Why You Need an Outdoor Classroom

An outdoor classroom can really bring learning to life. By connecting students and teachers directly with nature, you can encourage exploration and curiosity in a more informal setting. There is really no limit to how an outdoor classroom space can be used by the entire school community.

Why You Need an Outdoor Classroom

There are so many ways in which learning outdoors can benefit young people. From increasing learners’ retention rates and enhancing the learning experience, particularly for tactile and experiential learners, to the proven benefits for health and well-being of being in the great outdoors, an outdoor classroom will increase students’ understanding of sophisticated concepts and get them away from the classroom environment without having to plan a costly trip.

How to Succeed with an Outdoor Classroom

First, it’s important to budget realistically so the project is adequately resourced and will be of benefit when finished. If you create a beautiful gazebo-like structure that blends harmoniously into the surroundings, it’s less likely to be vandalised and more likely to be utilised. Involve students and teachers in the project and you’ll create a sense of ownership that will see the outdoor classroom being the most used facility in the school.

Getting the Design Right

Ideally, your outdoor classroom will be a simple and usable structure. It certainly doesn’t have to be elaborate to be functional. That’s why a large gazebo makes a great outdoor classroom – the structure is straightforward, with plenty of space and protection for everything from outdoor classes to a summer barbecue. Pupils will stay dry in a rainstorm and protected from harmful UV rays in summer while still escaping from the bricks and mortar of school for a completely unique learning experience.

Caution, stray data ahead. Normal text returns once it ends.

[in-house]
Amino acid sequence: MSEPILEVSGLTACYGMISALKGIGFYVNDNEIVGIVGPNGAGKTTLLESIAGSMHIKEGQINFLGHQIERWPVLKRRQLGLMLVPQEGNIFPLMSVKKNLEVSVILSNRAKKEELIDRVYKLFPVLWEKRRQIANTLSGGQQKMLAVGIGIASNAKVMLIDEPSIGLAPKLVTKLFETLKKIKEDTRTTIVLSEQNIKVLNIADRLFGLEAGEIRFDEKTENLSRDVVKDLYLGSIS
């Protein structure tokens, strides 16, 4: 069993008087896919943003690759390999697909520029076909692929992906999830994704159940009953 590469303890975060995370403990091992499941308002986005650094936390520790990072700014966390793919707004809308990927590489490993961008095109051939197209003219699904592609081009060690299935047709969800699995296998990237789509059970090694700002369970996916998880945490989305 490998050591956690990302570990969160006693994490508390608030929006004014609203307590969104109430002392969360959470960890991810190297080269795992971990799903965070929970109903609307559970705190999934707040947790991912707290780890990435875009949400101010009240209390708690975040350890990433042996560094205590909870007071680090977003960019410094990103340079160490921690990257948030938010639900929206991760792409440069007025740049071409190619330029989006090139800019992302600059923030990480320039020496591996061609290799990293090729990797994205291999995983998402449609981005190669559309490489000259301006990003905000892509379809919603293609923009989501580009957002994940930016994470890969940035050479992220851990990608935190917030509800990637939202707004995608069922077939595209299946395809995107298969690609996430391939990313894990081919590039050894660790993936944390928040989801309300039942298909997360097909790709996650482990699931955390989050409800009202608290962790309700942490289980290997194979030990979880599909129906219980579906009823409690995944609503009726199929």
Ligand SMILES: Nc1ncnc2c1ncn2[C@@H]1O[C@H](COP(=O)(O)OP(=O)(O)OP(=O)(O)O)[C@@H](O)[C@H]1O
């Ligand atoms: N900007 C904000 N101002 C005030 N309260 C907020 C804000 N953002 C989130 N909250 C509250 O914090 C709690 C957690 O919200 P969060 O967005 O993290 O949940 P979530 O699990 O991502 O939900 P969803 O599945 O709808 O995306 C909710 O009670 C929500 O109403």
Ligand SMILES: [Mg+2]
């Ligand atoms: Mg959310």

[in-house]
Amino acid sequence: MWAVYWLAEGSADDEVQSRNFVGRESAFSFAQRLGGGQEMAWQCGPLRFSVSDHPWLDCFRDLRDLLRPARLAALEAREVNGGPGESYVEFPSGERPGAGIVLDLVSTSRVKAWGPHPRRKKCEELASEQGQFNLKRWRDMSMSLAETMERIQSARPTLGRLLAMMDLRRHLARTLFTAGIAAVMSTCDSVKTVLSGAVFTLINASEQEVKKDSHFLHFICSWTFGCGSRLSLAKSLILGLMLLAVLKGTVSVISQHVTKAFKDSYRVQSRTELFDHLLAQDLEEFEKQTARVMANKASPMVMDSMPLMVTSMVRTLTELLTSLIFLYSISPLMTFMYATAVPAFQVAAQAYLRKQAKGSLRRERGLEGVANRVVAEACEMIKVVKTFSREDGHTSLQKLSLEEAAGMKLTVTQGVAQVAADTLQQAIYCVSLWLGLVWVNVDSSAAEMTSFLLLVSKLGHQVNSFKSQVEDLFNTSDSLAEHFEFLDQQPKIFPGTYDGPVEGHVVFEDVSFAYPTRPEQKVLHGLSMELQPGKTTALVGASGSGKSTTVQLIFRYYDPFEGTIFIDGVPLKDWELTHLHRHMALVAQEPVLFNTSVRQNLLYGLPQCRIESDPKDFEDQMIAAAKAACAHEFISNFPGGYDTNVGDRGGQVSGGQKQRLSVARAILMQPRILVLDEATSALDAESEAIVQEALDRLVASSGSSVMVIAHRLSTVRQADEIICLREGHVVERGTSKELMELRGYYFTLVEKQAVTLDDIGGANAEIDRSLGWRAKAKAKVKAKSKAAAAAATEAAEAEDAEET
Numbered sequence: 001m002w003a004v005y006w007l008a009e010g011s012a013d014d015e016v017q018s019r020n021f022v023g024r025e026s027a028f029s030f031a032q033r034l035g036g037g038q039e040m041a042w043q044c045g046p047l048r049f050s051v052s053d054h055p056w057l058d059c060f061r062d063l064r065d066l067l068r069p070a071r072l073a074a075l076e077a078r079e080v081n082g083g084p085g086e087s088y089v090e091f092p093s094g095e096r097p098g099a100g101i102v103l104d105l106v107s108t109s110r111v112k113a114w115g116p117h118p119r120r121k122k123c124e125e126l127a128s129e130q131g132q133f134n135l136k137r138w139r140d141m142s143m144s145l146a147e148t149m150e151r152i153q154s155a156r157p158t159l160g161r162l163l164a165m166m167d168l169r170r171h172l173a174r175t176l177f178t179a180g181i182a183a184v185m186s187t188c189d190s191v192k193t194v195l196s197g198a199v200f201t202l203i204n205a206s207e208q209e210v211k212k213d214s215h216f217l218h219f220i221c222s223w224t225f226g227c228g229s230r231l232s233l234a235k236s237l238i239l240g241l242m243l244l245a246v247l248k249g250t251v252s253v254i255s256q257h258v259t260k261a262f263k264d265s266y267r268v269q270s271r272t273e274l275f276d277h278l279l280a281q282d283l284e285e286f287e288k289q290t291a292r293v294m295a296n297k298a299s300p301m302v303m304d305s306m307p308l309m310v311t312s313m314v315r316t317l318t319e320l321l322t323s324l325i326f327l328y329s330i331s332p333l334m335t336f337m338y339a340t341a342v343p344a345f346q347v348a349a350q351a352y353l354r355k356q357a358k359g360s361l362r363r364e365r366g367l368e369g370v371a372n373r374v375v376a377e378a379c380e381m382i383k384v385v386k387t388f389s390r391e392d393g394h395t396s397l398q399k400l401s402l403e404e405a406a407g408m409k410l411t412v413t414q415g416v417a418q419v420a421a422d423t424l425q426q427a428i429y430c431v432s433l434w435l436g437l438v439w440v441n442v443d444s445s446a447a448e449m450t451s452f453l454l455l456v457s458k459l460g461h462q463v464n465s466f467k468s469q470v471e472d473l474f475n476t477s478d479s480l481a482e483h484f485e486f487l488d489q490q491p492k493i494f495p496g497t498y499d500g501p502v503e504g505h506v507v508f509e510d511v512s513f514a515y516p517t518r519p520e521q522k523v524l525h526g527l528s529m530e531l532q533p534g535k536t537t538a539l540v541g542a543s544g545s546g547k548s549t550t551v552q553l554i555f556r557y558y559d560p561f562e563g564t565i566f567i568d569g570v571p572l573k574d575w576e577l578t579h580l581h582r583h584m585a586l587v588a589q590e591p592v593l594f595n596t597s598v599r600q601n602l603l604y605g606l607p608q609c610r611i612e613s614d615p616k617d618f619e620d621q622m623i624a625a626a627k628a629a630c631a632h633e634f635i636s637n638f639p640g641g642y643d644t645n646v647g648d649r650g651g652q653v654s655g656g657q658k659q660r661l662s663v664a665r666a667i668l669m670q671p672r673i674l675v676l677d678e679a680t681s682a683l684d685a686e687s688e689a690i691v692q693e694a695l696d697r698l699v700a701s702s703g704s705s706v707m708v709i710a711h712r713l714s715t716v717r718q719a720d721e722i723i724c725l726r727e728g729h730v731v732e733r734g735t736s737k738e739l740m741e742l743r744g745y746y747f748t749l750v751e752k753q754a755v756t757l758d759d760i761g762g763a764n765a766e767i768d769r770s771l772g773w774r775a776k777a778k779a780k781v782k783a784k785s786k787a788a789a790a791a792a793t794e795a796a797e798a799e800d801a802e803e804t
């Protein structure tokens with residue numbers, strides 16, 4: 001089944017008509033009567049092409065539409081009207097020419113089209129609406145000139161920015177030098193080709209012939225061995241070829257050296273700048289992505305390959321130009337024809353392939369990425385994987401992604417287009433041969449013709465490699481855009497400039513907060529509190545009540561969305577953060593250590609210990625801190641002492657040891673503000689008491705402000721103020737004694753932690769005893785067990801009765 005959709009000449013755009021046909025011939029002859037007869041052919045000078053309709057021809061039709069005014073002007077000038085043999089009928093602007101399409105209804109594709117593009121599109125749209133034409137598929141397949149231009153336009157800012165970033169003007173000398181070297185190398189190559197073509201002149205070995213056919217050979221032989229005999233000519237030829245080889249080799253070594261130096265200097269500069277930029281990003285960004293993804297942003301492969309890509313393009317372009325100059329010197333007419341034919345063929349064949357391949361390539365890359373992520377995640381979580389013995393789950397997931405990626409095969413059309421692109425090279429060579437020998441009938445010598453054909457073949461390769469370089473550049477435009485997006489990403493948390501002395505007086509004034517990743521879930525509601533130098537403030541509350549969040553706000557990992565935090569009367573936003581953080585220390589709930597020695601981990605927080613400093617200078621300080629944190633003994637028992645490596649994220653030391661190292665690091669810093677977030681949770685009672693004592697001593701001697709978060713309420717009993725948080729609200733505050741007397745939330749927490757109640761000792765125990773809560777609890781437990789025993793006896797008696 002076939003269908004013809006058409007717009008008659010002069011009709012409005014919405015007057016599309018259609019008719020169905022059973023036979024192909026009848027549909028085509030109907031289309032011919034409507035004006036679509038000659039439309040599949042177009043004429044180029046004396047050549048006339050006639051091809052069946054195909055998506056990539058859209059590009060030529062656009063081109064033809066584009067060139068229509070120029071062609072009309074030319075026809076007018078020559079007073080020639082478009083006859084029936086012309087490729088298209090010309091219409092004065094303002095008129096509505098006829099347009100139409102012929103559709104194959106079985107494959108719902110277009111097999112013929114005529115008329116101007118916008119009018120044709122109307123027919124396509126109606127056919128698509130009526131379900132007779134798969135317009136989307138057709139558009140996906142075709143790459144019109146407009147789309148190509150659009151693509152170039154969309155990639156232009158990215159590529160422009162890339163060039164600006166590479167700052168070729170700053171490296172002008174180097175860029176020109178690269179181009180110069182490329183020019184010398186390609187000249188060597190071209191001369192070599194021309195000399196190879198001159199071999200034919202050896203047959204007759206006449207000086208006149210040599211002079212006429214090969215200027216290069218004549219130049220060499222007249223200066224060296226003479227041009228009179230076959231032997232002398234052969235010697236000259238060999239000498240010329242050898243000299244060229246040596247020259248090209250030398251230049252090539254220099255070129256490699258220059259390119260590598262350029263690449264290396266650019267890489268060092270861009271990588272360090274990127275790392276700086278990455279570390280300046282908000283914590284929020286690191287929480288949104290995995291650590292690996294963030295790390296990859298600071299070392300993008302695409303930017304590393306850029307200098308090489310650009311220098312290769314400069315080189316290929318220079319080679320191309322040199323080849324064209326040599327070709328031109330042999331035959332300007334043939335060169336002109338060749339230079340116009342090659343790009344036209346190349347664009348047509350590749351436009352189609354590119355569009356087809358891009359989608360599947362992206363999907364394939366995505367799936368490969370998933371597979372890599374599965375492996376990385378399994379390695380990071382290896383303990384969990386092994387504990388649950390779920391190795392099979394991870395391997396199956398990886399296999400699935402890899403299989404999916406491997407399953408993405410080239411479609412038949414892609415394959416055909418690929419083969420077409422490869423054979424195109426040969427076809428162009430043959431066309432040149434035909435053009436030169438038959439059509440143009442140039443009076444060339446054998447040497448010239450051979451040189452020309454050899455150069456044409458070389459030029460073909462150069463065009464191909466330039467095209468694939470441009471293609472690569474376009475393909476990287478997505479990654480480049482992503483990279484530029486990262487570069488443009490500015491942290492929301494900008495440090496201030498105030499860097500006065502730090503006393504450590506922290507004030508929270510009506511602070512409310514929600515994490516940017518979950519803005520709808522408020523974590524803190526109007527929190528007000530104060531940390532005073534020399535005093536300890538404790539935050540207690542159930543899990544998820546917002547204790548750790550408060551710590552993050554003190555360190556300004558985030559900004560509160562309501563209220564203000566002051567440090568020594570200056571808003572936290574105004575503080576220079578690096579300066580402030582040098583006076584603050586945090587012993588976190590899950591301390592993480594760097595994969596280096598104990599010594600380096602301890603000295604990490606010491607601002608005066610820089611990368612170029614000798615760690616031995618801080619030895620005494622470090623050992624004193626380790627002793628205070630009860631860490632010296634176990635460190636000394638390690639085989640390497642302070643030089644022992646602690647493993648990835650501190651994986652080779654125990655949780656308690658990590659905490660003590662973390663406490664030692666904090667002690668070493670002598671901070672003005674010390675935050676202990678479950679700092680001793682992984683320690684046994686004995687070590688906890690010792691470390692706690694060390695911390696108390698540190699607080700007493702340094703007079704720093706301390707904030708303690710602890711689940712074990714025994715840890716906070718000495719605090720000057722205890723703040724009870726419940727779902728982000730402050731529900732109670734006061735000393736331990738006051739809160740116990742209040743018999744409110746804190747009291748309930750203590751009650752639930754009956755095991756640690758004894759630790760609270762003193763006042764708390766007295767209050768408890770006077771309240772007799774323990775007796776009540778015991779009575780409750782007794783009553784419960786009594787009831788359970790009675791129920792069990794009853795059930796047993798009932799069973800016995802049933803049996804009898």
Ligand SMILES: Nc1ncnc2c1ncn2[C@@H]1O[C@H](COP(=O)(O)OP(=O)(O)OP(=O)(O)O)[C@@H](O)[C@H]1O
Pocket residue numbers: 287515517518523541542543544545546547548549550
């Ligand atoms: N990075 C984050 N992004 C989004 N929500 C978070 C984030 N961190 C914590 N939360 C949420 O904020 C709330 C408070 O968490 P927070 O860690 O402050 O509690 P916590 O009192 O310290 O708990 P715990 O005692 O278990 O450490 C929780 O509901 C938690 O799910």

Opening Hearts and Minds

Once you’ve got your outdoor classroom up and running, you’ll be giving pupils the opportunity to get involved with an active healthy lifestyle which can help to combat childhood obesity. Even more importantly, learning outdoors can open up traditionally stuffy subjects like history, science and maths – after all, what better way to learn about your ancestors than in a Tudor shelter? And group activities outdoors are a great way to develop stronger language and communication skills and encourage independent learning. The best thing is that all the skills pupils learn in the outdoor classroom impact on what they do when they return to the main building.

The Beauty of Permanence

Of course, an outdoor classroom can be as simple as taking a class outside, but providing a permanent structure like a gazebo can allow young people to investigate, experiment and explore in ways that encourage them to really respect and appreciate the environment. They’re also great places for social engagement, as they can be used for outdoor dining and socialising while also giving your school the opportunity to incorporate regular time outside into everyday learning, meaning teachers can plan their outdoor classroom time in advance. In fact, there are so many great reasons for having an outdoor classroom that we believe every school should have one.

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